November 7, 2022
A bit of both. At that time I was working on a different project for a year already that was going nowhere. And I desperately needed to ship something. I’ve read about other indie hackers constantly shipping things in public and I just kept building this thing in silence for a year.
I decided to ship something, just to take the pressure off. And the idea was simple: a little tool that makes writing Twitter threads easier. Because the native experience on Twitter was just bad. You had to manually click to add tweets to your thread. You couldn’t save threads so they had to be written in one sitting. And you couldn’t schedule them. All in all a bad experience for such an amazing way to tell stories. So, I figured improving this writing experience would be helpful to myself and to others as well.
This is how ThreadStart, a service to schedule Twitter threads (and much more by now), came to be.
It was easy to get started. I already had some experience as a web dev and I knew the tools I’d use to build it. Still, I’ve never built such a frontend heavy application before. That part was entirely new to me.
I also never shipped a SaaS before. There is a lot that is different compared to regular websites when you are suddenly dealing with users and payments. The biggest challenge repeatedly comes across were timezones, though. It sounds easy, but working with and around timezones, which is crucial for scheduling service, is the source of a lot of my problems.
UpFast was the initial project I mentioned. The one I worked on for a year and got nowhere. The idea was to build an uptime & performance monitoring SaaS that would focus on the, at that time newly introduced, Core Web Vitals metrics. It never made it to production and taught me the importance of releasing software early.
SaaS calculator was a quick idea I had one summer. Its goal was to show much each payment provider would cost you for your SaaS. Services like Stripe & Paddle cost differently but they also differ in features like VAT/GST management. So while Stripe might be cheaper at first, once you add a dedicated service for handling your taxes you might suddenly pay more for your small SaaS, due to the fixed prices of the other services. I eventually abandoned to work on it for UpFast.
I will 100% create more applications. I do not have plans currently for anything of ThreadStart’s size, but I do have some ideas for more projects. Shipping projects is also a good way of trying new technology.
ThreadStart is built on the TALL-stack. It’s not a very common one yet, but very powerful in my opinion. It uses Tailwind, Alpine.js, Laravel & Livewire. The beauty of it is the fact that it lets me write a lot of my front-end interactions in Laravel.
As a solo founder saving time is always a priority. And not having to deal with writing an API & frontend but being able to write it at once saves me a ton of time.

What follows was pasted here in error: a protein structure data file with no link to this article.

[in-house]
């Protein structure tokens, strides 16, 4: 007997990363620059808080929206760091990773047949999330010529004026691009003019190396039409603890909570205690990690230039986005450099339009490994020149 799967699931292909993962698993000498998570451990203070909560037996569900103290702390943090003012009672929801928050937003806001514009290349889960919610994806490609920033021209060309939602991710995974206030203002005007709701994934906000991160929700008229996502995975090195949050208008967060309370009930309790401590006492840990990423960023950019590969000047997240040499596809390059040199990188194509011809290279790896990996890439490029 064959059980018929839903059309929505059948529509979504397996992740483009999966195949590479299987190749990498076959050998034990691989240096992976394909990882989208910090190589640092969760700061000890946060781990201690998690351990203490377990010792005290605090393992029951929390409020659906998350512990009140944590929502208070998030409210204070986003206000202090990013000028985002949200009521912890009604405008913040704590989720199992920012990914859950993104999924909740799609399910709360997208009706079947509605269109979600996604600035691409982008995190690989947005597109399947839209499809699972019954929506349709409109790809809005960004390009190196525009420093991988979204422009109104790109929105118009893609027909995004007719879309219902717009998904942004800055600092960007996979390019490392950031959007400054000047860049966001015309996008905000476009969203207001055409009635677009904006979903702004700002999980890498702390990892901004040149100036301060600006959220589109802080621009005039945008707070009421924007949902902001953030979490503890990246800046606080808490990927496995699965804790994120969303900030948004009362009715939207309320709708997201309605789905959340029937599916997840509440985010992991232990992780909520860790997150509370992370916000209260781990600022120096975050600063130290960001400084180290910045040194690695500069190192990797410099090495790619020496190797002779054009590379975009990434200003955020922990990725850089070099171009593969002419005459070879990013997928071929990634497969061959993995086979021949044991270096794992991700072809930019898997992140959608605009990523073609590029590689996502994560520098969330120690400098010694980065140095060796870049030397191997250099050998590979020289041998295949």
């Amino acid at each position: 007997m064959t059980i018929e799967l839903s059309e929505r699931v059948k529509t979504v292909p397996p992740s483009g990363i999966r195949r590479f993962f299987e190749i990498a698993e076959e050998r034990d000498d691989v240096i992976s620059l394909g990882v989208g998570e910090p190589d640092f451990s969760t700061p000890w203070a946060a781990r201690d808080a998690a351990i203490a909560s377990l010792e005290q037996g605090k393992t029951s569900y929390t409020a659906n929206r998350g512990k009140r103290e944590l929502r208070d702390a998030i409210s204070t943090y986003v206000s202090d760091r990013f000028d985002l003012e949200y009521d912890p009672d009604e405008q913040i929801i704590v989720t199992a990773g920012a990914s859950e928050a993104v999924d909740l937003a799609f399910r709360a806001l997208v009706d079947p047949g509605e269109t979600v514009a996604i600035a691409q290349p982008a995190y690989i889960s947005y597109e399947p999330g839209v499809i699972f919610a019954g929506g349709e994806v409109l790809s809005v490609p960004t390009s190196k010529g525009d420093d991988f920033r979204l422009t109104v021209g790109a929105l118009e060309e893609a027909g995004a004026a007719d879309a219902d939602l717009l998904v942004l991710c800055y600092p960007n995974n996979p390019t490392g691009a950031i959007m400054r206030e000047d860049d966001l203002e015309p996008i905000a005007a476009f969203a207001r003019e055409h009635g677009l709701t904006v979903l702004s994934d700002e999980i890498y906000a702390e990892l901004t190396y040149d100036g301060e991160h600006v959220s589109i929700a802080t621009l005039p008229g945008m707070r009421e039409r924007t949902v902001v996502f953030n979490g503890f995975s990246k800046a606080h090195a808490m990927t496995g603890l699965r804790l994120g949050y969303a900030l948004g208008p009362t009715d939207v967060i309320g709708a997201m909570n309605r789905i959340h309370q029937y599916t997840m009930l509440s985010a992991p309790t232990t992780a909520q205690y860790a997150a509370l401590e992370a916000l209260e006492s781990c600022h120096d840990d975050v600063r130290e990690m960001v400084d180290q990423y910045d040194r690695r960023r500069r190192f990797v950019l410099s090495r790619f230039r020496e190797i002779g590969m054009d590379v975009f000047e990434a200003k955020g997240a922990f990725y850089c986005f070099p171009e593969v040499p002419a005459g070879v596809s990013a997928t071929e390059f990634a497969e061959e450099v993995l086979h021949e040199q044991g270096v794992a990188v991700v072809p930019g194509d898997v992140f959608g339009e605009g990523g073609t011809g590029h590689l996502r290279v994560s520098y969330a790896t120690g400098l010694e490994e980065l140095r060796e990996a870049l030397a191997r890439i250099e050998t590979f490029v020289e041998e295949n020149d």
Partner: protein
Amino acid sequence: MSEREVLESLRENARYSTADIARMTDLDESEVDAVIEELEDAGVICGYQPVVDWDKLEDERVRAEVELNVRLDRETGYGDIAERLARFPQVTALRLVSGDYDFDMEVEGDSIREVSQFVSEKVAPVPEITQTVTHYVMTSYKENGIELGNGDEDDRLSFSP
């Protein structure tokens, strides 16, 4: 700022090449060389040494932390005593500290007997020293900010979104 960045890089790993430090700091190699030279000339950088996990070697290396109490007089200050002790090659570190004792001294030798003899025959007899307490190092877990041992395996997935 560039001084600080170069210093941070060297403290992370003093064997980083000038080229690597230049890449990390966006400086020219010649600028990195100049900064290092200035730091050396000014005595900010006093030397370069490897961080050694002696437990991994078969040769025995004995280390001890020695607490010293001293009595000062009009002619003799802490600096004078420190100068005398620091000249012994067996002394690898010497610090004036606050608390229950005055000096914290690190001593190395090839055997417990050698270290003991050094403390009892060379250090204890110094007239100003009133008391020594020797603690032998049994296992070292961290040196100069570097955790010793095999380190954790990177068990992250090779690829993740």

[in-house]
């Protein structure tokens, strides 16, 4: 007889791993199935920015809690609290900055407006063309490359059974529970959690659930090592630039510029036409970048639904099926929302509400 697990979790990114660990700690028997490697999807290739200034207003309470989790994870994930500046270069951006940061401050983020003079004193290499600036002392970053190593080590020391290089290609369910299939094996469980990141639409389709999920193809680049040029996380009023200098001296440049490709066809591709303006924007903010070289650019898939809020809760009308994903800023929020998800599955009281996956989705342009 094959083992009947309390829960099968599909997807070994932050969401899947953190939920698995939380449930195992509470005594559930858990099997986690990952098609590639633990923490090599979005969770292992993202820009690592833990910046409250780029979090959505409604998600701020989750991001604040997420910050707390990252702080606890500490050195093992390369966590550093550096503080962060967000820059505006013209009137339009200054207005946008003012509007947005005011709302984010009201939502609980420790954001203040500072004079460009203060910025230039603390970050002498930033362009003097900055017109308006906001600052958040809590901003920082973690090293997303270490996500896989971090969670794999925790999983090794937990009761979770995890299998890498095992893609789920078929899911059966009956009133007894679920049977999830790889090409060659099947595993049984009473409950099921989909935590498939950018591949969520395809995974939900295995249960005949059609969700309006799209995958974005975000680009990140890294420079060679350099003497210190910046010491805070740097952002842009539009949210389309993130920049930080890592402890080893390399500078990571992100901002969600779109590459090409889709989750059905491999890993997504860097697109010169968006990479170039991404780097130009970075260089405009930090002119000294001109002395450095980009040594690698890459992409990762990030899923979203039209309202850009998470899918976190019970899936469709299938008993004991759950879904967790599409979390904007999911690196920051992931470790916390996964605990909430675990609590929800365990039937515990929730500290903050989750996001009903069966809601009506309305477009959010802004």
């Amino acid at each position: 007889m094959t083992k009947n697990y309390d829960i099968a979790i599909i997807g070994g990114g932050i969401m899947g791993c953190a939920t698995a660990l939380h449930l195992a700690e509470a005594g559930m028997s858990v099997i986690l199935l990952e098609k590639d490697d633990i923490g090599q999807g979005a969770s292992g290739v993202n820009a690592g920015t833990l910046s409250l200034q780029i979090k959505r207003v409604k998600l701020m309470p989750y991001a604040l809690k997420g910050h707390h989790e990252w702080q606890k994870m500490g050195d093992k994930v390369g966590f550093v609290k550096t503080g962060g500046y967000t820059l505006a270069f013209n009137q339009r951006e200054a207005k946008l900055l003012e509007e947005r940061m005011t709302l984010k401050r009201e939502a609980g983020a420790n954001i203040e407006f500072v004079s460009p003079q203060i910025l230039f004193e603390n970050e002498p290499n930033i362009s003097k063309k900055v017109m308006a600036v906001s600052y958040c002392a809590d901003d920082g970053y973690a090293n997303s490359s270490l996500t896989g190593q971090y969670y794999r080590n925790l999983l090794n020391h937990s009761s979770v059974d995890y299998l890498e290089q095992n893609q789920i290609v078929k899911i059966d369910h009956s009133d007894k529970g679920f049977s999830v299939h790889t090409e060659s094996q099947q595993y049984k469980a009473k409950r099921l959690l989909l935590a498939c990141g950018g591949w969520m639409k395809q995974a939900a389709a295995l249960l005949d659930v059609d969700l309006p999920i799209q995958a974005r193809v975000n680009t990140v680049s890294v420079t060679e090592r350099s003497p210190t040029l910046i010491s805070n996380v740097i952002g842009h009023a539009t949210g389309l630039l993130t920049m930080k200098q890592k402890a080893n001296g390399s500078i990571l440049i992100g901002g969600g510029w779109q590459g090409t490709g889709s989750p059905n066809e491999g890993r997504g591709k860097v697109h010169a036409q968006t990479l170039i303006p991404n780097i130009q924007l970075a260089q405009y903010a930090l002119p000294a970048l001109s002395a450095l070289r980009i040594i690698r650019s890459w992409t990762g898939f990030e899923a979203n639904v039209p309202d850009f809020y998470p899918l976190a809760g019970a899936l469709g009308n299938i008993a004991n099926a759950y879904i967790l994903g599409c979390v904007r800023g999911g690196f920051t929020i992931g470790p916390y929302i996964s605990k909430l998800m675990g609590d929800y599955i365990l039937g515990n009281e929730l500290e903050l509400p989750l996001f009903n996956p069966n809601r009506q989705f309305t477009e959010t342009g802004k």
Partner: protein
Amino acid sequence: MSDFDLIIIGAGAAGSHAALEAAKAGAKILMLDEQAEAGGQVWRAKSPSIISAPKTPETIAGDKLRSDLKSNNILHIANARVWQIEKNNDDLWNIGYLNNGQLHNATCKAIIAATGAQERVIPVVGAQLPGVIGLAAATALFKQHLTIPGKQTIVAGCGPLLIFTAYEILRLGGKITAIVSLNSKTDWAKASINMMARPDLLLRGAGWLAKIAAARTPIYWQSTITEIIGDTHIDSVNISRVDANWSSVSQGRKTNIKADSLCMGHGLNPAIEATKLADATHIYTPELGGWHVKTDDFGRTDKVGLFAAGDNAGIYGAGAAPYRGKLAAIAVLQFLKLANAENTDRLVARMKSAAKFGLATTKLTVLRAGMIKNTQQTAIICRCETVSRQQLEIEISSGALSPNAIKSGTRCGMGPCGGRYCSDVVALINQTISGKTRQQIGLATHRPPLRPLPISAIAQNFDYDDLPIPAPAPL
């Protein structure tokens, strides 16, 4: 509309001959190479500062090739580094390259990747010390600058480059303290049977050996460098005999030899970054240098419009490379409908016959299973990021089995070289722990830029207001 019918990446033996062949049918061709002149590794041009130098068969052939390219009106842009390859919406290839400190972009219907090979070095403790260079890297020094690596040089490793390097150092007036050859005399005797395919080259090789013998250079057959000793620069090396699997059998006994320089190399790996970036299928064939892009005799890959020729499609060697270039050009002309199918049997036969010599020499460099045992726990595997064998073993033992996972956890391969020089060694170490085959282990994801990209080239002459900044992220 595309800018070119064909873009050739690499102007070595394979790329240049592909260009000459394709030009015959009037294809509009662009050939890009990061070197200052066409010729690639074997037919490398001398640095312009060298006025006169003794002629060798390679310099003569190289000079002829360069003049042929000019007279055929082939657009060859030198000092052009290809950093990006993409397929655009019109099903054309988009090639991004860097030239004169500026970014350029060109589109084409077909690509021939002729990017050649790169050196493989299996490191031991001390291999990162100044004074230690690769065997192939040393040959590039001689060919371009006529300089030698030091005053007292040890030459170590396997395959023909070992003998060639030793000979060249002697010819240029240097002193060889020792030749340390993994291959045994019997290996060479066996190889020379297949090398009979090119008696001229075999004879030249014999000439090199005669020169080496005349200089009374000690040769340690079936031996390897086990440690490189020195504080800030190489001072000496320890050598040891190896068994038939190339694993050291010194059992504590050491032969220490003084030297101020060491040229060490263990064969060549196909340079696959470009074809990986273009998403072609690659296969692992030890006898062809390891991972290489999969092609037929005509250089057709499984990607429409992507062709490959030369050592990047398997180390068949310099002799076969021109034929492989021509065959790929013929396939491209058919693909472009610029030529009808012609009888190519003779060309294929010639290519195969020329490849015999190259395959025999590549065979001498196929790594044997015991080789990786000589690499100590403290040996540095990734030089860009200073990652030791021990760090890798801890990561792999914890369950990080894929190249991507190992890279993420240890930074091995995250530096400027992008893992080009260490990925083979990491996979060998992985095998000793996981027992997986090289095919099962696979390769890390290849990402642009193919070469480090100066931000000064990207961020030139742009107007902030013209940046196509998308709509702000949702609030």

It started after joining the indie hackers forum and reading up on the makers that were already doing it successfully. I saw that building in public was also a good way to start building an audience, which is undeniably helpful when you launch projects.
I quickly fell in love with the community, because of them being incredibly welcoming and supportive. If you have any questions, need feedback, or help you can count on someone from the community to offer it. Everybody tries to help when they can.
By building. It sounds weird but my best ideas came from building things. I know a lot of new founders struggle with finding an idea to get started. A great idea that will make them rich. My best advice is to start on anything. Once you’re working on a project, you will find more and potentially better ideas all the time.
I use way too many tools, to single one out here. But I’ll add that without Twitter I wouldn’t be building in public or working on ThreadStart.
“Hey Felix! ThreadStart looks really nice, and I see it’s your main project at the moment. Why did you decide to build a product in this very crowded “tools for Twitter” space, and how are you planning to differentiate from the competition?”
A good question, I’ve struggled with myself. Back when I started I knew of one tool. The moment I released my MVP after a week, I knew of 5. By now, there are many more. The short answer is, it wasn’t a crowded market to me when I began. And I needed to ship this project for myself, so even if I had known, I’d still have started.
I’ve very recently had a chat about this topic, during which I realized positioning can mean a lot of things. You can do it through features, but you probably won’t be able to do it for long. Other tools will catch up with you.
But you can also do it through your approach, your mindset, and your branding. As a maker building in public, my product is very linked to myself. This may be bad in the future, but right now it is my best differentiator. I’m trying to be very open and honest about building ThreadStart. I talk to other founders, I help them. And a lot of my customers told me this was also the reason they started paying. Yes, they liked my product, but they were also convinced by how I am building it.
And nobody can copy that!
Ship fast. Don’t wait for a perfect idea. Take any idea, build an MVP in a day or max. a week and ship it. If you don’t like the idea, you might have found a new one while building. If you like it, you will be glad you have something out there already. If you wait too long, you will never ship because there will always be one more thing to add.
Hey Daniela! You have built a number of projects on top of Notion. What would you say is the biggest advantage of using platforms like Notion to power your projects?